In May 2004, just weeks after the images of abuse at Abu Ghraib had become public, the commanding officer of American forces in the Middle East sat before Congress and shared what he considered to be a bedrock tenet of military leadership.
"Officers of the United States military are responsible," said Gen. John Abizaid. "Every officer is responsible for what his or her unit does or fails to do."
Yet two years later, as the military nears the end of its efforts to prosecute those who staged the Abu Ghraib photographs, the responsibility for those crimes has fallen almost entirely on the lower ranks - at least publicly. The question of why has in many respects far overshadowed the rest of the legal process.
The reasons are many and begin with the obvious: Those who commit the crimes - on film, no less - are the easiest to snare. Yet many experts add that the lesson of the courts-martial of Abu Ghraib is: Once war's chaos descends, it becomes ever more difficult to trace the line of accountability upward through the ranks.
In this case, the confusion was not caused by bullets or bombs, but by the administration's decision to adopt new and undefined rules for detainee treatment before the war. With the new rules, the worst of war crept into the cellblock, and the chain of command all but evaporated.
"The fog of war does exist, and that's why you have to be so clear and drill, drill, drill," says Walter Huffman, who served as judge advocate general of the Army from 1997 to 2001. "When you inject uncertainty into a situation that was already filled with uncertainty, my experience is that this is exactly what happens."
Even in the best situations, establishing responsibility along the chain of command is among the thorniest of tasks for the military, whether the incident involves a ship run aground or a bungled battle plan. With Abu Ghraib, those bearing the public blame - and the jail time - have been enlisted men and women.
Last week, the 10th court-martial connected to Abu Ghraib concluded. As in every other case, the defendant was convicted and was not higher than the rank of staff sergeant. One final court-martial remains in May, also for a sergeant.
In some respects, that is typical, not least because soldiers on the ground are more likely than officers behind the lines to commit obvious war crimes. Yet experts note that officers are not exempt from discipline: It just comes in a different form.
Abu Ghraib has followed that pattern. The two highest-ranking officers known to be punished in connection with the scandal - Brig. Gen. Janis Karpinski and Col. Thomas Pappas - were given nonjudicial punishments that seriously blighted their careers. As a rule, though, nonjudicial punishments are not a matter of public record and therefore bring less attention than courts-martial.
To some, it is similar to what might happen to a police chief if he doesn't watch over his officers on the beat. "We do not yet hold people criminally responsible based on position alone," says William Eckhardt, who was the chief prosecutor in the My Lai cases, where two US soldiers were tried for leading a massacre of Vietnamese villagers in 1968. "It seems like things are working the way they should be," he adds.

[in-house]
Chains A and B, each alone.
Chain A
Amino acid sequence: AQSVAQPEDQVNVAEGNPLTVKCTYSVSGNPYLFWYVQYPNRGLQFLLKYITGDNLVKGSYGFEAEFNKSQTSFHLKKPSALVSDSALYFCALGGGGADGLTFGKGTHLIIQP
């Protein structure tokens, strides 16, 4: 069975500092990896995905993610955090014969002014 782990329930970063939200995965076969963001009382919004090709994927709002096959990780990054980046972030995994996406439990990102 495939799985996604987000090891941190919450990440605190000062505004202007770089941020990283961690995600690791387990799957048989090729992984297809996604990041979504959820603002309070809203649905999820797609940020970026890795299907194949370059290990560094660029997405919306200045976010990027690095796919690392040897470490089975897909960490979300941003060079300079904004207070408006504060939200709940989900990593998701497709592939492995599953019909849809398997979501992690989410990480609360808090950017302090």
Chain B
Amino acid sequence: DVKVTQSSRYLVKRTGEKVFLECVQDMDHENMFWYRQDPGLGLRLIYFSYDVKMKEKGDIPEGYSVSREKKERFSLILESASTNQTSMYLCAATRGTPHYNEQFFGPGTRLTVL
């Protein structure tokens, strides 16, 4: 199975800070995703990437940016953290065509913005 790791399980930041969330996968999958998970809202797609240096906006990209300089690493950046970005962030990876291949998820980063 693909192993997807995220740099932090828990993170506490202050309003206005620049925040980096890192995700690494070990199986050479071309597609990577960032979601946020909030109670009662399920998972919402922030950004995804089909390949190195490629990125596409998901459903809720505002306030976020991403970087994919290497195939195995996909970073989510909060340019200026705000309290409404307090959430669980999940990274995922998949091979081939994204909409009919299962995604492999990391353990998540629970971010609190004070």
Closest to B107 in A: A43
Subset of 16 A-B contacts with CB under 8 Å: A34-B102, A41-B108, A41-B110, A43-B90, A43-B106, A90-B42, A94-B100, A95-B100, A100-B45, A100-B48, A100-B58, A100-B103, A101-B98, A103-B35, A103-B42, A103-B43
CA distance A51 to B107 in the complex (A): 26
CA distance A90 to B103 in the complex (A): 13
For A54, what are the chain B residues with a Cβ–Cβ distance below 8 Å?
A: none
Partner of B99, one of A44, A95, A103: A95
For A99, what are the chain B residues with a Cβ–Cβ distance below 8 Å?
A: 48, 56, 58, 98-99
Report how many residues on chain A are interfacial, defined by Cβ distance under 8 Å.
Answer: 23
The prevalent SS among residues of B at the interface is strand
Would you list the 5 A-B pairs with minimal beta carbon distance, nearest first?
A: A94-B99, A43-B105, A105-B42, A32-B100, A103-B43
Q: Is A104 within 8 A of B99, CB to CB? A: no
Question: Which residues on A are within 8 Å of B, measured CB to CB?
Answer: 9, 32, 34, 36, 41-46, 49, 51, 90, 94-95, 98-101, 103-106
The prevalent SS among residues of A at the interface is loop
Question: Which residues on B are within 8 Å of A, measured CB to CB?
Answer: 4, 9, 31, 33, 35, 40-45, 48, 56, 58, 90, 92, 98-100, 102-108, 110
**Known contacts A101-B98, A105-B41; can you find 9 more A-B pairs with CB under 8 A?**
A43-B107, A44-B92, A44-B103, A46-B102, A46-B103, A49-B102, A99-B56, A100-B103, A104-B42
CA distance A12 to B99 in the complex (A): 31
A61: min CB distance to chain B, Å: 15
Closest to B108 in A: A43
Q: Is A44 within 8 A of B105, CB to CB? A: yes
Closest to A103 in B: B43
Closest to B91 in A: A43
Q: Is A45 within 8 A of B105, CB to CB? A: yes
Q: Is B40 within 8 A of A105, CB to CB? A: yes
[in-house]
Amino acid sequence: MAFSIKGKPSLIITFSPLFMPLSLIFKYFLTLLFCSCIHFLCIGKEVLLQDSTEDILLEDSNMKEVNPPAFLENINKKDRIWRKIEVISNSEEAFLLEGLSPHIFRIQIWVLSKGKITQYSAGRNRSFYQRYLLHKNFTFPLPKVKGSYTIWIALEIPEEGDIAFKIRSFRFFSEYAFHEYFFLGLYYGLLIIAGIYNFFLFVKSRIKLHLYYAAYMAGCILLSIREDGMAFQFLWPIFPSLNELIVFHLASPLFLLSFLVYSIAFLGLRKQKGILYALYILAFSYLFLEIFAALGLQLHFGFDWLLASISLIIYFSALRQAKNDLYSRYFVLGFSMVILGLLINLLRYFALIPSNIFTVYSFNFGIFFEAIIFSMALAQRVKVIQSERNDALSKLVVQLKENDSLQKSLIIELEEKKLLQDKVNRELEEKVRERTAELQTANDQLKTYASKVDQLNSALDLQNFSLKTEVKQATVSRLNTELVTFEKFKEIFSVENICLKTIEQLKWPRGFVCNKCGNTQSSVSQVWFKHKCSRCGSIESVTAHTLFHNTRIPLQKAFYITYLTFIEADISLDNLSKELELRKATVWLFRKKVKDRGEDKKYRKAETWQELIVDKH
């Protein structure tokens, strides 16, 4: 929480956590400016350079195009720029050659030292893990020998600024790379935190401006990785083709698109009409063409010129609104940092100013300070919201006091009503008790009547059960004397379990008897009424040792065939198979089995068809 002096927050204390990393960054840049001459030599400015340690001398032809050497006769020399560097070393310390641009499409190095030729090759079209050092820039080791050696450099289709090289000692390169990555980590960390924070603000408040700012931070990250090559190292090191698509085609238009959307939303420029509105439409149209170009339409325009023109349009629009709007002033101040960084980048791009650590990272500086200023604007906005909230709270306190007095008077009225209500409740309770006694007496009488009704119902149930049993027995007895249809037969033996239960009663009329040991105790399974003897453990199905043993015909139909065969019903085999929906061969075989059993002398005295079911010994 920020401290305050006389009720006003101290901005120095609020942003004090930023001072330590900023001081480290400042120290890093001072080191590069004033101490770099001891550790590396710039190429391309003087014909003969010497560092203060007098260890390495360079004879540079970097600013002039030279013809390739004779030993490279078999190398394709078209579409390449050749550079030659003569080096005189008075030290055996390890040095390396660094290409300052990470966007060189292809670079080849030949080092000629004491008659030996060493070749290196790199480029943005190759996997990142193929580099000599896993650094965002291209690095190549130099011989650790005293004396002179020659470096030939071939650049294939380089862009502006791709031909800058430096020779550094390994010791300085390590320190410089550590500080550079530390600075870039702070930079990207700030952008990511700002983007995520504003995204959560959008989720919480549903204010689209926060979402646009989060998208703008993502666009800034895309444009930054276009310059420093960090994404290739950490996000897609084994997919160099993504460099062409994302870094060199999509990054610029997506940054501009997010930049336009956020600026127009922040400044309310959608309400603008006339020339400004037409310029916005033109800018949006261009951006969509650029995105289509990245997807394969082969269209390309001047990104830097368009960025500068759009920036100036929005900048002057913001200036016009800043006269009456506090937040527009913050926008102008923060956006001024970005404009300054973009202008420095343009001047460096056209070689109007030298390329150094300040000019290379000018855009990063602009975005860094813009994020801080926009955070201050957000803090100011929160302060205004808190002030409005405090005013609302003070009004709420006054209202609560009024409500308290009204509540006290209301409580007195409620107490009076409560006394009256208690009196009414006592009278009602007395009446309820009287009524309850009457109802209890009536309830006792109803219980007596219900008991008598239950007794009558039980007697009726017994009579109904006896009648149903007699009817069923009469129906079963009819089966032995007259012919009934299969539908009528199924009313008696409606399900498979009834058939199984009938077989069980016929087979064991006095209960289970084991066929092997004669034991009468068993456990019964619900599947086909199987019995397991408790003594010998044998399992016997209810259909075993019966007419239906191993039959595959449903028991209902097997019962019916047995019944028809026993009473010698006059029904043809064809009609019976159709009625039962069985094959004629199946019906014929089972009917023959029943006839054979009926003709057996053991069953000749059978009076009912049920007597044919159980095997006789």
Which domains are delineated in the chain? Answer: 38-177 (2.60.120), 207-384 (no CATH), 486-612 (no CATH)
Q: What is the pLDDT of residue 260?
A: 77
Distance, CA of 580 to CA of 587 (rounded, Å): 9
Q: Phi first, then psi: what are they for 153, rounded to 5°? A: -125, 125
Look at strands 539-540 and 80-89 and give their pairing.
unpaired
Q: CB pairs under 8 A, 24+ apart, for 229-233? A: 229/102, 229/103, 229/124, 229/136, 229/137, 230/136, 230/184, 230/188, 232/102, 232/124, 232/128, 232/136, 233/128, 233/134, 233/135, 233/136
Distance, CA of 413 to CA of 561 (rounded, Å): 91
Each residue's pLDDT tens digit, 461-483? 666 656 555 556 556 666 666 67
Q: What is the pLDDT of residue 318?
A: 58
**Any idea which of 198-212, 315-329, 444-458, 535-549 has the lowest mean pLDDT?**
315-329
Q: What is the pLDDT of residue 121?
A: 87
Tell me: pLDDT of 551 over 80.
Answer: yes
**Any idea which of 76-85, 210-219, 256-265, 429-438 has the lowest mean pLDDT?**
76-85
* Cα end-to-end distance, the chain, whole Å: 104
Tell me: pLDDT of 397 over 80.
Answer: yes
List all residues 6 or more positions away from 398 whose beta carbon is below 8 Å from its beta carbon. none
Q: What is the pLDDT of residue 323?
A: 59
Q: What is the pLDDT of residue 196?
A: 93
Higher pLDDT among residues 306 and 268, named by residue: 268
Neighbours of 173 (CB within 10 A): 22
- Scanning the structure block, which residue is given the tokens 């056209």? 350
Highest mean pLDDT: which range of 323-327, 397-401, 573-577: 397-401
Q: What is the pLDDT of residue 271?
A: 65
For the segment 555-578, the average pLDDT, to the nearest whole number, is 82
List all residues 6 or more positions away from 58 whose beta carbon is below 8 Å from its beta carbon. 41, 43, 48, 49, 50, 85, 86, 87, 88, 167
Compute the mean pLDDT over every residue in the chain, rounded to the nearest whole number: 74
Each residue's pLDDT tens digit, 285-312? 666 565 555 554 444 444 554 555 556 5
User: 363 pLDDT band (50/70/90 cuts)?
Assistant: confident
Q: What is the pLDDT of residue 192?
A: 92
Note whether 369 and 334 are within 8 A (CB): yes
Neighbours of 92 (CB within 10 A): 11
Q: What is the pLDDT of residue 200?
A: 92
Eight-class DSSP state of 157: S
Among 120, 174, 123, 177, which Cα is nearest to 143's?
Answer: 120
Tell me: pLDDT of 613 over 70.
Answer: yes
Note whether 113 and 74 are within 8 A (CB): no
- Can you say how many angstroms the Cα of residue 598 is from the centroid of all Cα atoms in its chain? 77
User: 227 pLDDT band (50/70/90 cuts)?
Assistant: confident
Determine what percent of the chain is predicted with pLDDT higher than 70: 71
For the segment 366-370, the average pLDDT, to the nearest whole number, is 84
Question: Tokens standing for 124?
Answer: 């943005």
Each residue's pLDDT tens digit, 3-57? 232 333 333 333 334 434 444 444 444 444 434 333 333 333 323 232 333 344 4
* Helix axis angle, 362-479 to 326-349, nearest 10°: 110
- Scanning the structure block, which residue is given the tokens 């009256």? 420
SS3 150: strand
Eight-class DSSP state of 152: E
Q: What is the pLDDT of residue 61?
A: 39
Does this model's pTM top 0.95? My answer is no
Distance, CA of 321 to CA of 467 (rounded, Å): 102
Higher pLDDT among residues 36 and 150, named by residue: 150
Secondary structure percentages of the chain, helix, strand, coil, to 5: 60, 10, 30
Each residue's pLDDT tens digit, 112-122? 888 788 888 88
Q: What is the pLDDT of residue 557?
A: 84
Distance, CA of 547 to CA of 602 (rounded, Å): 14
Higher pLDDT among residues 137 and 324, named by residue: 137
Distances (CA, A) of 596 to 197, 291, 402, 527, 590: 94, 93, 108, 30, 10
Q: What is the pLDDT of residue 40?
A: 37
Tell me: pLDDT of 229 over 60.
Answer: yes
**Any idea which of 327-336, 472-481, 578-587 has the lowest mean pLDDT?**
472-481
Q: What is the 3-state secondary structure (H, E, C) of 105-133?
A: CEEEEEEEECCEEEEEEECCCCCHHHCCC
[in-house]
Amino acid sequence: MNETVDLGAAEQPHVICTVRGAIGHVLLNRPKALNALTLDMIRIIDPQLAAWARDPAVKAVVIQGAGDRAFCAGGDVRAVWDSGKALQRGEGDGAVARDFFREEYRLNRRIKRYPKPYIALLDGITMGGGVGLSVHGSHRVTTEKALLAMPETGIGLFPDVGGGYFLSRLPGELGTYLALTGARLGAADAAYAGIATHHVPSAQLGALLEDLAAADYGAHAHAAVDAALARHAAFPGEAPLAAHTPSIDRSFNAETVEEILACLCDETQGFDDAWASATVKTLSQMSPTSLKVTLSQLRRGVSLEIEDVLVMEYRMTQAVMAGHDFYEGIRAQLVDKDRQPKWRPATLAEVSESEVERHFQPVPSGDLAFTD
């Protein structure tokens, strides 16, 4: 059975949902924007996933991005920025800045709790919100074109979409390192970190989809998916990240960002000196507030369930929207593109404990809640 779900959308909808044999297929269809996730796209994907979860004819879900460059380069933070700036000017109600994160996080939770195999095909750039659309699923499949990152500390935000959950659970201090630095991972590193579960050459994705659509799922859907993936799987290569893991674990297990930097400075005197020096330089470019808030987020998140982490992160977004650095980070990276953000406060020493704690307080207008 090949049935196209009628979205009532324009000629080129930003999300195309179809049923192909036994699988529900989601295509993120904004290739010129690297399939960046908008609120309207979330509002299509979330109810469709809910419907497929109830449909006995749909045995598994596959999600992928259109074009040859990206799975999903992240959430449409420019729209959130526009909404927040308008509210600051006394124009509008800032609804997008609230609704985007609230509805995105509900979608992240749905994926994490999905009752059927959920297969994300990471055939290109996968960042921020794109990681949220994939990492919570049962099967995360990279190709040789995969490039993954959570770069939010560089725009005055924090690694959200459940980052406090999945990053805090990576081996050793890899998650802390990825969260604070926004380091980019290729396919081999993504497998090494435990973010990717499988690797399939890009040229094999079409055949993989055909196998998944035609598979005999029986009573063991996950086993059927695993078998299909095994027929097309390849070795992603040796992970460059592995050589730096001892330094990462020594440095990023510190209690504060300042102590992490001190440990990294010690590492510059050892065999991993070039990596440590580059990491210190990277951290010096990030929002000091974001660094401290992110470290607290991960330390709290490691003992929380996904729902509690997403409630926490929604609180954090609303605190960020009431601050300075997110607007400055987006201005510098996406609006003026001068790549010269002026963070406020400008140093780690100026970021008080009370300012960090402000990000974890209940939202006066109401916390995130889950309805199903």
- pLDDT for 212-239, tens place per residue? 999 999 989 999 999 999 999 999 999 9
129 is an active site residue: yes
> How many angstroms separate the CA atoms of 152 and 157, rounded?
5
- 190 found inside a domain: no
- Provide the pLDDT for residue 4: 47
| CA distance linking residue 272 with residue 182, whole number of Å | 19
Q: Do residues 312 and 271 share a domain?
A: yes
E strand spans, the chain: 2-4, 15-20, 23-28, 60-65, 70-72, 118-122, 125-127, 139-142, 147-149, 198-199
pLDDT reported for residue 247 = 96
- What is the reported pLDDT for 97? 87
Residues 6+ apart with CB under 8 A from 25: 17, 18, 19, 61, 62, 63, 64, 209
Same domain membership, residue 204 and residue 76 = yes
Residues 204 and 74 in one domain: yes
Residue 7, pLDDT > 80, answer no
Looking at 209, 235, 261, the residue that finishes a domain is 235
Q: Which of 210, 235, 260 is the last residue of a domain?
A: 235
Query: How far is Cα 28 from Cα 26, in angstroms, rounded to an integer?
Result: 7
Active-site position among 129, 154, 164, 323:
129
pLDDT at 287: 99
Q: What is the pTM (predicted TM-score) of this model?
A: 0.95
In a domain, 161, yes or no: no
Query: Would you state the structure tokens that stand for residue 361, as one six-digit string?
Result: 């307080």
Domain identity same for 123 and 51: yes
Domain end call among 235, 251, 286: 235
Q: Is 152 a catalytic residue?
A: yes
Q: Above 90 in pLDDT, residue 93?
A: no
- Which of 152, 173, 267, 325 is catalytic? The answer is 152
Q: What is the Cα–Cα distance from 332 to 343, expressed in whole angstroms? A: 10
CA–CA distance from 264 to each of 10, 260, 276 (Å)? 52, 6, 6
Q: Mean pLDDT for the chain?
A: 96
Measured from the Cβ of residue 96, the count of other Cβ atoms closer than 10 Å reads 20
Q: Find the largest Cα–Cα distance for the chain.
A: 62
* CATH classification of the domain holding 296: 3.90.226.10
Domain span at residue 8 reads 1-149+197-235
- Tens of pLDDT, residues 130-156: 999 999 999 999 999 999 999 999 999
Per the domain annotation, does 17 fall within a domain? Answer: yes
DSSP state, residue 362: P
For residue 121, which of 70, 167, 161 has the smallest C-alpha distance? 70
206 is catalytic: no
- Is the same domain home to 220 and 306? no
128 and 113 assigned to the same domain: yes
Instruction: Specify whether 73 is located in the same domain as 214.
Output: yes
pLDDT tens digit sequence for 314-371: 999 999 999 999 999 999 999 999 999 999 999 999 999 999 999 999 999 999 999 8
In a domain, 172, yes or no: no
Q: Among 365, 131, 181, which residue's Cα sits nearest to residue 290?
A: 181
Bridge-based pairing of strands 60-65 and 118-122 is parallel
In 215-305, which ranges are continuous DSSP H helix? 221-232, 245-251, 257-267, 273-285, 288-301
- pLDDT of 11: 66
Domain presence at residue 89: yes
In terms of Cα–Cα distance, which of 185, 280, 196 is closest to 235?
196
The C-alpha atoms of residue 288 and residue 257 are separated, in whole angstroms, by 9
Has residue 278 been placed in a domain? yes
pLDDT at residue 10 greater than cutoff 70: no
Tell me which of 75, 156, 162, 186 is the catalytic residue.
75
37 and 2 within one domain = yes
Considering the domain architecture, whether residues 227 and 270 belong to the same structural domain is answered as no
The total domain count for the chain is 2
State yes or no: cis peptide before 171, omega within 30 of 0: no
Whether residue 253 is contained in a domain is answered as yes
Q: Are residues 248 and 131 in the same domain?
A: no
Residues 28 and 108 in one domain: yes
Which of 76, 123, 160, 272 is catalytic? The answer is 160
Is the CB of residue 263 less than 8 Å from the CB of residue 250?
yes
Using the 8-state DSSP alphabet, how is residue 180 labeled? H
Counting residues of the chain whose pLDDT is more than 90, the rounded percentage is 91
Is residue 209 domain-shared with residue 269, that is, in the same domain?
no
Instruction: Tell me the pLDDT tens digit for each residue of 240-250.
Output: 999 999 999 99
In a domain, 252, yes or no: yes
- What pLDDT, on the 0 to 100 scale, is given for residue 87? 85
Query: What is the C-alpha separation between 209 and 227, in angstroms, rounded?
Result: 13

Others, however, look at the Abu Ghraib proceedings and wonder what happened to the real-life "A Few Good Men" moment - when a plucky defense lawyer connected the dots between the crimes of enlisted men and the commands of a senior officer.
"Defense counsels are pretty good at defending their clients," says Mr. Huffman. "I was anticipating more higher-ranking officers called as witnesses of the defense."
It points to the limitations of the court-martial, which can essentially only hold senior officers to account if they gave an express order to abuse detainees. But that, in itself, is significant: It suggests to Huffman that high-level orders for abuse could not have been pervasive, or else defense lawyers would have found out about it.
In fact, the only general officer called during one of the courts-martial was Maj. Gen. Geoffrey Miller, who first oversaw Guantánamo before taking control of US detention facilities in Iraq in 2003. General Miller took the uncommon step of invoking his right against self-incrimination to avoid testifying.
"That was awfully unusually for a general officer," says Huffman. "That in itself sends an unfortunate signal."
As a result, what has emerged from the Abu Ghraib proceedings is a portrait of a problem more systemic than individual, a Hydra in reverse - a monster not with many heads, but none.
Like the 10 courts-martial, for instance, 12 Pentagon investigations of detainee treatment convened since Abu Ghraib speak in expansive terms about the dereliction of senior leadership but offer almost no specifics. Yet there is widespread agreement among experts that those convicted of crimes at Abu Ghraib were not simply "a few bad apples," as the administration suggested.
Instead, they were the product of a culture of uncertainty and neglect that blurred the lines of accountability. Critics go further. One of the Pentagon investigations, by Vice Adm. Albert Church, "says misconduct was pervasive, therefore there can be no singular cause," says John Hutson, a former judge advocate general of the Navy. "I would say it does prove a singular cause - an arguably criminal lack of leadership."
It is a broad swipe at Pentagon leaders and the administration, but it also gets at the frustrations of some Americans. Mr. Hutson's concerns are about the detainee doctrine laid out at the highest levels of government, and he acknowledges that in such instances, holding senior leaders responsible isn't necessarily a legal exercise.
After the Navy went through the Tailhook sexual-harassment scandal, the Navy's senior leadership simply resigned.
Adds Eugene Fidell of the National Institute for Military Justice: "Some of the accountability is accountability that can only be achieved politically."